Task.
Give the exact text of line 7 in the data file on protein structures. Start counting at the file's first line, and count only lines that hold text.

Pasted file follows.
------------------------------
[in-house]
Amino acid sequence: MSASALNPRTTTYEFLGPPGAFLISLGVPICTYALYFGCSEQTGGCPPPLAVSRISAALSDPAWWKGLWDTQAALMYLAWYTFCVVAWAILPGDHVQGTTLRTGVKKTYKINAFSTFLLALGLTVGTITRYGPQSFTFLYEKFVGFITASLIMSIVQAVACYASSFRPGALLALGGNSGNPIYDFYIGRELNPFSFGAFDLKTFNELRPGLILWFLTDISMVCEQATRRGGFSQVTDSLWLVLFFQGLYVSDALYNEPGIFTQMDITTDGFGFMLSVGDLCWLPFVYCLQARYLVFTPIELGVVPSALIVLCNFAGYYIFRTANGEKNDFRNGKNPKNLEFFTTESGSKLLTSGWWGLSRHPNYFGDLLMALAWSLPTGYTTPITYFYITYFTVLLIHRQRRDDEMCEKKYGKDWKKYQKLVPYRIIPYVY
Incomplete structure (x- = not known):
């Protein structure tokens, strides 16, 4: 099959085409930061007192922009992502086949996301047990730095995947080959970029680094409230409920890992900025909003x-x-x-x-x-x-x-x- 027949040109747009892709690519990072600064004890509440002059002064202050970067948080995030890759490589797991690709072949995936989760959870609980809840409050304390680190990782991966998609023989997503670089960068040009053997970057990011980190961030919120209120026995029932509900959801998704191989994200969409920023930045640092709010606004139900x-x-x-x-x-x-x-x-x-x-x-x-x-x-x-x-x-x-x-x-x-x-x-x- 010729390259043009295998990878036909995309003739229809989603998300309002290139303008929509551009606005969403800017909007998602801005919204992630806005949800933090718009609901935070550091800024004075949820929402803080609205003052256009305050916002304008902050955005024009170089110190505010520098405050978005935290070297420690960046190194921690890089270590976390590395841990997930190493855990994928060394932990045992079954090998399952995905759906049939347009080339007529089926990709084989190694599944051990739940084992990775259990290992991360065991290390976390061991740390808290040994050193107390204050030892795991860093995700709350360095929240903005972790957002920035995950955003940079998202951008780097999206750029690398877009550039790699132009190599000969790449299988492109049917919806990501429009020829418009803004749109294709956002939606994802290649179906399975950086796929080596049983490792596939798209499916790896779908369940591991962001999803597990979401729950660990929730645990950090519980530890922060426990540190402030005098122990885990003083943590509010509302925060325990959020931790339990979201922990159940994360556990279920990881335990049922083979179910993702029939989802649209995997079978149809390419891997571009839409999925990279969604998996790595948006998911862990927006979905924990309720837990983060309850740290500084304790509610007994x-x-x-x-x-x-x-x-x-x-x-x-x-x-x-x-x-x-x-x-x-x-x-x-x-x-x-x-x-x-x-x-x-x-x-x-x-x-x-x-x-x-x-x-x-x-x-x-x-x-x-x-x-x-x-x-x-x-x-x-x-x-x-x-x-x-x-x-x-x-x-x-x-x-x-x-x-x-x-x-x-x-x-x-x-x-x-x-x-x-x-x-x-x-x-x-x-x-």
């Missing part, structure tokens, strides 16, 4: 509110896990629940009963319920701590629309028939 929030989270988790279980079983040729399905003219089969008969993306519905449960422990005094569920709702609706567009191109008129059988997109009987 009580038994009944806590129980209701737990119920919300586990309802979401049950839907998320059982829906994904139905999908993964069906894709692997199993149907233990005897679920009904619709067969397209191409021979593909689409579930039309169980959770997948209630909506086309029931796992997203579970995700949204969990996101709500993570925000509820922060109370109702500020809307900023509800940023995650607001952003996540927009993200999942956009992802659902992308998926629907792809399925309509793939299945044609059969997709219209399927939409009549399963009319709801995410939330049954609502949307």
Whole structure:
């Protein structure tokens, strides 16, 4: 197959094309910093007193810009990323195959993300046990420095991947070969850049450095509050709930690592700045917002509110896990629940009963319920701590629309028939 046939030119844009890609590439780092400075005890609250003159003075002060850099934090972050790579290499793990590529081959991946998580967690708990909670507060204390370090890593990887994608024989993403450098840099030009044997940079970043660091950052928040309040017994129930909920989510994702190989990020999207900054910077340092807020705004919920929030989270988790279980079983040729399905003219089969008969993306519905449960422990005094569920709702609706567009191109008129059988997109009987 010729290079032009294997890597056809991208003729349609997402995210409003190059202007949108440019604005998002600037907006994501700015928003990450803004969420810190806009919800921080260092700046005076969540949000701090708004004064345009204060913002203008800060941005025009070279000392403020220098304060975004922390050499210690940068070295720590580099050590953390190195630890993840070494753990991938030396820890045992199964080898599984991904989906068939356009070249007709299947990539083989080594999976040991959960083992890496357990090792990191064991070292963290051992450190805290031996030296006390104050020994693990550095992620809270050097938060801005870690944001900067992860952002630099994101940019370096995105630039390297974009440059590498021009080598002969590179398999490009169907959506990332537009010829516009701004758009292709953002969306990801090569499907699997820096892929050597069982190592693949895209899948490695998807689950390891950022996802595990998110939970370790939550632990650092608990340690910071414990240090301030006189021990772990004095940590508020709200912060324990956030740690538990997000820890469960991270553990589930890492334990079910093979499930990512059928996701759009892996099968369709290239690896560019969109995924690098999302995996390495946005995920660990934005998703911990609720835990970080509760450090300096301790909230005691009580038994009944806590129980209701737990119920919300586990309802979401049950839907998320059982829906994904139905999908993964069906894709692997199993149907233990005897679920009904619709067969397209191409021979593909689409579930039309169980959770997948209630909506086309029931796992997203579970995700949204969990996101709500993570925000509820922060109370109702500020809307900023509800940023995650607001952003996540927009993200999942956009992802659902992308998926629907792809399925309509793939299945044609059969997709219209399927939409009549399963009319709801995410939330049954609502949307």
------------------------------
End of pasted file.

């Protein structure tokens, strides 16, 4: 197959094309910093007193810009990323195959993300046990420095991947070969850049450095509050709930690592700045917002509110896990629940009963319920701590629309028939 046939030119844009890609590439780092400075005890609250003159003075002060850099934090972050790579290499793990590529081959991946998580967690708990909670507060204390370090890593990887994608024989993403450098840099030009044997940079970043660091950052928040309040017994129930909920989510994702190989990020999207900054910077340092807020705004919920929030989270988790279980079983040729399905003219089969008969993306519905449960422990005094569920709702609706567009191109008129059988997109009987 010729290079032009294997890597056809991208003729349609997402995210409003190059202007949108440019604005998002600037907006994501700015928003990450803004969420810190806009919800921080260092700046005076969540949000701090708004004064345009204060913002203008800060941005025009070279000392403020220098304060975004922390050499210690940068070295720590580099050590953390190195630890993840070494753990991938030396820890045992199964080898599984991904989906068939356009070249007709299947990539083989080594999976040991959960083992890496357990090792990191064991070292963290051992450190805290031996030296006390104050020994693990550095992620809270050097938060801005870690944001900067992860952002630099994101940019370096995105630039390297974009440059590498021009080598002969590179398999490009169907959506990332537009010829516009701004758009292709953002969306990801090569499907699997820096892929050597069982190592693949895209899948490695998807689950390891950022996802595990998110939970370790939550632990650092608990340690910071414990240090301030006189021990772990004095940590508020709200912060324990956030740690538990997000820890469960991270553990589930890492334990079910093979499930990512059928996701759009892996099968369709290239690896560019969109995924690098999302995996390495946005995920660990934005998703911990609720835990970080509760450090300096301790909230005691009580038994009944806590129980209701737990119920919300586990309802979401049950839907998320059982829906994904139905999908993964069906894709692997199993149907233990005897679920009904619709067969397209191409021979593909689409579930039309169980959770997948209630909506086309029931796992997203579970995700949204969990996101709500993570925000509820922060109370109702500020809307900023509800940023995650607001952003996540927009993200999942956009992802659902992308998926629907792809399925309509793939299945044609059969997709219209399927939409009549399963009319709801995410939330049954609502949307």